Tuesday, November 10, 2009
Pro athletes know their body and appreciate early when something isn’t quite right. This intuition may have led Kareem Abdul-Jabbar to seek medical help when he started to get hot flashes and sweats this fall. Many people may have ignored these symptoms and ignored them as unimportant. Hot flashes may be normal for women in menopause but not for a basketball legend who was coaching a professional team and the symptoms led to an early diagnosis of Chronic Myelogenous Leukemia.
CML is a rare type of leukemia that tends to affect older male patients. More than 90 percent of cases are due to a gene abnormality caused when two chromosome swap sections with each other. There are 23 chromosomes in humans and in patients with CML, chromosomes 9 and 22 within blood cells exchange bits of genetic material to form a Philadelphia chromosome, named after the city where it was discovered. The new gene on this chromosome makes a protein called tyrosine kinase that allows white blood cells to grow out of control. Actually, these abnormal white blood cells tend not to get old and die. The bone marrow, where red blood cells, white blood cells and platelets are made, gets filled with white cells, crowding out the normal cells and damaging the bone marrow itself.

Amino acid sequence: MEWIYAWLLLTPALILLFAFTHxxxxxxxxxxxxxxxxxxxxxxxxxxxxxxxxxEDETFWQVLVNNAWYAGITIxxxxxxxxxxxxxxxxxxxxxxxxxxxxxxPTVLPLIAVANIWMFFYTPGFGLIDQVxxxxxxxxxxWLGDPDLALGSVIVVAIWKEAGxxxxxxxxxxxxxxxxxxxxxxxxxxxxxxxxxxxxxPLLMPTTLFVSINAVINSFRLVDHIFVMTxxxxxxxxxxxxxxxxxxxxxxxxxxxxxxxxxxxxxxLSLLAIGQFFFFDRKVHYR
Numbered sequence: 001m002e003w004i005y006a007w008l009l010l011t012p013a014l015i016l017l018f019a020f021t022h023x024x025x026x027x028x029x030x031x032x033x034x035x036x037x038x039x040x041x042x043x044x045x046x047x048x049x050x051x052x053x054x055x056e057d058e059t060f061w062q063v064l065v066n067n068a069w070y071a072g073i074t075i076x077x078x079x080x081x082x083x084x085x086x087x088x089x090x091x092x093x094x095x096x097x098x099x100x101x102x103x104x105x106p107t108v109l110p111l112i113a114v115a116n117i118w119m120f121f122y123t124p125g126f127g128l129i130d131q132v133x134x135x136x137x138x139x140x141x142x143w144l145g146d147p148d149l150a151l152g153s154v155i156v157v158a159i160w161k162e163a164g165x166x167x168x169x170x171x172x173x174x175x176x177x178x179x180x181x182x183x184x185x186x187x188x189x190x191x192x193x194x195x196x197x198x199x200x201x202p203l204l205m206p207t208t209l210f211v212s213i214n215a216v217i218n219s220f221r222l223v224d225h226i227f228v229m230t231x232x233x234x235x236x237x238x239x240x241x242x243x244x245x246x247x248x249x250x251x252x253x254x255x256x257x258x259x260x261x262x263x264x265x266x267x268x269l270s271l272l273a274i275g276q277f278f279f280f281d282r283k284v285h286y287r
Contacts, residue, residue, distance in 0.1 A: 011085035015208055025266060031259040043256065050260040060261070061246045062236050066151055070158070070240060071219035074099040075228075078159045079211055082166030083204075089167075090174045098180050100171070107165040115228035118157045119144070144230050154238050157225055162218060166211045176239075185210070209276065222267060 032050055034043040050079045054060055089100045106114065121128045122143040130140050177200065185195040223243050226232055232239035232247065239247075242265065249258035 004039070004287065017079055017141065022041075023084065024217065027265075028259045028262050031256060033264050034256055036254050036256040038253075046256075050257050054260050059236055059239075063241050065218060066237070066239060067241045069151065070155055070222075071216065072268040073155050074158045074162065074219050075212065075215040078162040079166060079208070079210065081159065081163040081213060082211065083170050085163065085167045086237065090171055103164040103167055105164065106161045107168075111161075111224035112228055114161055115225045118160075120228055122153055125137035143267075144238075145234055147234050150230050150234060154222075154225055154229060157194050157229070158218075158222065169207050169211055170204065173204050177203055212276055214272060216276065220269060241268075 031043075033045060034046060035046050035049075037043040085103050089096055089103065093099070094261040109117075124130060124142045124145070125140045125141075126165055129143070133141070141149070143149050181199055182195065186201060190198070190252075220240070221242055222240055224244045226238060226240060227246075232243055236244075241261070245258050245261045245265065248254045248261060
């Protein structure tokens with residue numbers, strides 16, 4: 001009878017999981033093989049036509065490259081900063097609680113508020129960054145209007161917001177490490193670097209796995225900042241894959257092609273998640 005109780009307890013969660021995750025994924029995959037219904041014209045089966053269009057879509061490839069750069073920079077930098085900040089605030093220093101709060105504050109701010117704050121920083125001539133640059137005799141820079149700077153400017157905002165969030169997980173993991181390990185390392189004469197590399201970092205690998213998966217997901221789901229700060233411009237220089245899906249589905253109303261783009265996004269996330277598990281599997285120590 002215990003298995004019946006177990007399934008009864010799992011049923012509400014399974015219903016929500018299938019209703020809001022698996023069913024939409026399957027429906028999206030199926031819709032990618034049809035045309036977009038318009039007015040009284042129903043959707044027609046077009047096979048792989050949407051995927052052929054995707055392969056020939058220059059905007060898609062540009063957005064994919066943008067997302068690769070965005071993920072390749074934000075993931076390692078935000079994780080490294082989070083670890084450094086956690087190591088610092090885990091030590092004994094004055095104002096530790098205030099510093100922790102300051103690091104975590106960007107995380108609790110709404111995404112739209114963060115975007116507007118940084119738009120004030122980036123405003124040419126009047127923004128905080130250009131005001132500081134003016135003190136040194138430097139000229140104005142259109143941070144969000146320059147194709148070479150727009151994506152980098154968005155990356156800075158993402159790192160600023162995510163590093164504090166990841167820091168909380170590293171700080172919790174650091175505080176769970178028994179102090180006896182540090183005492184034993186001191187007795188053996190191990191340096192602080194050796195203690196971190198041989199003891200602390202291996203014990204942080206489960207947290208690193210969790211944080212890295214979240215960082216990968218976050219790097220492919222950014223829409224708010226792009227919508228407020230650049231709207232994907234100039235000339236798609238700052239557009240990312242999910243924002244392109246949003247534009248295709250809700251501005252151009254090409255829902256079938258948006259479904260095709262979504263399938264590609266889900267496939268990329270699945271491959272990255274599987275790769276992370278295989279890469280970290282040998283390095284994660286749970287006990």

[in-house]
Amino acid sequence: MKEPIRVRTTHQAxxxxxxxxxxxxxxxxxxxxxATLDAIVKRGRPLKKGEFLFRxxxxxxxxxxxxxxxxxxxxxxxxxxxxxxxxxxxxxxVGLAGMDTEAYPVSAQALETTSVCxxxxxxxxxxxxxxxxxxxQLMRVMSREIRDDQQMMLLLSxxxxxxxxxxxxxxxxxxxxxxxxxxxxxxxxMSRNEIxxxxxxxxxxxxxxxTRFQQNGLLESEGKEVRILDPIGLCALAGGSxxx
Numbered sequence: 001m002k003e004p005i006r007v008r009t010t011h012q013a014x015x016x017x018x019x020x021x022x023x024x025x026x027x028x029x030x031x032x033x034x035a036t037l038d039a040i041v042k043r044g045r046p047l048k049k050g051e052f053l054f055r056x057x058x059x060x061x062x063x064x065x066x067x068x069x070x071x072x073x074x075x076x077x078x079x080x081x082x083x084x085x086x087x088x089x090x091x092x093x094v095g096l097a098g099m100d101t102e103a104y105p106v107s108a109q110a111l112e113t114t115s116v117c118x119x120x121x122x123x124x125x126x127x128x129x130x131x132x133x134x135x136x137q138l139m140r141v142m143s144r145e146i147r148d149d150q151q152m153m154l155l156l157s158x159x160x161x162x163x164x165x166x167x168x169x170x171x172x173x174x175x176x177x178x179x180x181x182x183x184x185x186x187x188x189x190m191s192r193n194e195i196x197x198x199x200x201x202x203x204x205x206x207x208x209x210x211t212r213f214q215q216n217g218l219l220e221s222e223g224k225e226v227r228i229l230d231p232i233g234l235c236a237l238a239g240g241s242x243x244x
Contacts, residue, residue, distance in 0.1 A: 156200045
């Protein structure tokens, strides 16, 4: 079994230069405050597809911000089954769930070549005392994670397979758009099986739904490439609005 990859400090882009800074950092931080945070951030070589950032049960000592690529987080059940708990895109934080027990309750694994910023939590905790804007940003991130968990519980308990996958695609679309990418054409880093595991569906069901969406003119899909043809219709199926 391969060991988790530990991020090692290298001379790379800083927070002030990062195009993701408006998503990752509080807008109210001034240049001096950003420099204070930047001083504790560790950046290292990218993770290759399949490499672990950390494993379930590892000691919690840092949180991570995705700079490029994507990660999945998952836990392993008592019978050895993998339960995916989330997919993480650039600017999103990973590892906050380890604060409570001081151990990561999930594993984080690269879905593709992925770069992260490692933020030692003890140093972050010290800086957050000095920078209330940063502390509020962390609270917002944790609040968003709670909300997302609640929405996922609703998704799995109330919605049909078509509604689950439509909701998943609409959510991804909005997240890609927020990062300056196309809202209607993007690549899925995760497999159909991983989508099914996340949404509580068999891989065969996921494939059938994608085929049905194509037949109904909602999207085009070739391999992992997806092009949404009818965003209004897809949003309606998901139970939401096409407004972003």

While chills, sweating, fevers without infection and fatigue are early symptoms of CML, the later symptoms are due to decreasing function of the bone marrow. Bone and joint pain may occur as the bone marrow pressure increases due to an excess build up of white cells. Fatigue may be due to anemia because not enough red blood cells are being made. Bleeding can occur if not enough platelets are being manufactured. Interestingly, some CML patients make too many platelets and can develop abnormal blood clotting causing strokes. CML is a disease of too many white blood cells but they tend not to work properly and their ability to fight infection is compromised leading to an increased of infection. Finally, the increased numbers of white blood cells spill out of the bone marrow and start circulating in the blood stream and eventually end up being trapped in the spleen, causing it to enlarge.
The diagnosis is usually made by a CBC, (complete blood count) a common blood test that measures the number, type and characteristics of red and white blood cells and platelets. A bone marrow sample looks at the factory where the cells are being made and if the diagnosis of CML is being considered, testing for the Philadelphia chromosome may occur.
CML is a treatable disease with new drugs that target the abnormal enzyme responsible for the white cells gone bad. Gleevec, Sprycel and Tasigna all shut down the tyrosine kinase enzyme and can keep CML in remission, but once the drug is started, it will likely be taken forever. If the leukemia reactivates, the next line of treatment is a bone marrow transplant which has a long term cure rate of 60-80%.
The ability listen to your body is an important first step in finding a problem so it can be fixed. Often, CML is diagnosed when patients come in for a routine screening blood test. It’s no different than finding a problem when taking your car in for an oil change; a problem is found early and fixed. But ignored, issues mount and the fixable becomes the end for the car engine, People are no different. Ignoring issues makes treatable, terminal. For Mr. Abdul-Jabbar and the 5,000 new CML patients diagnosed each year, the hope is that medications can keep them treatable for years to come.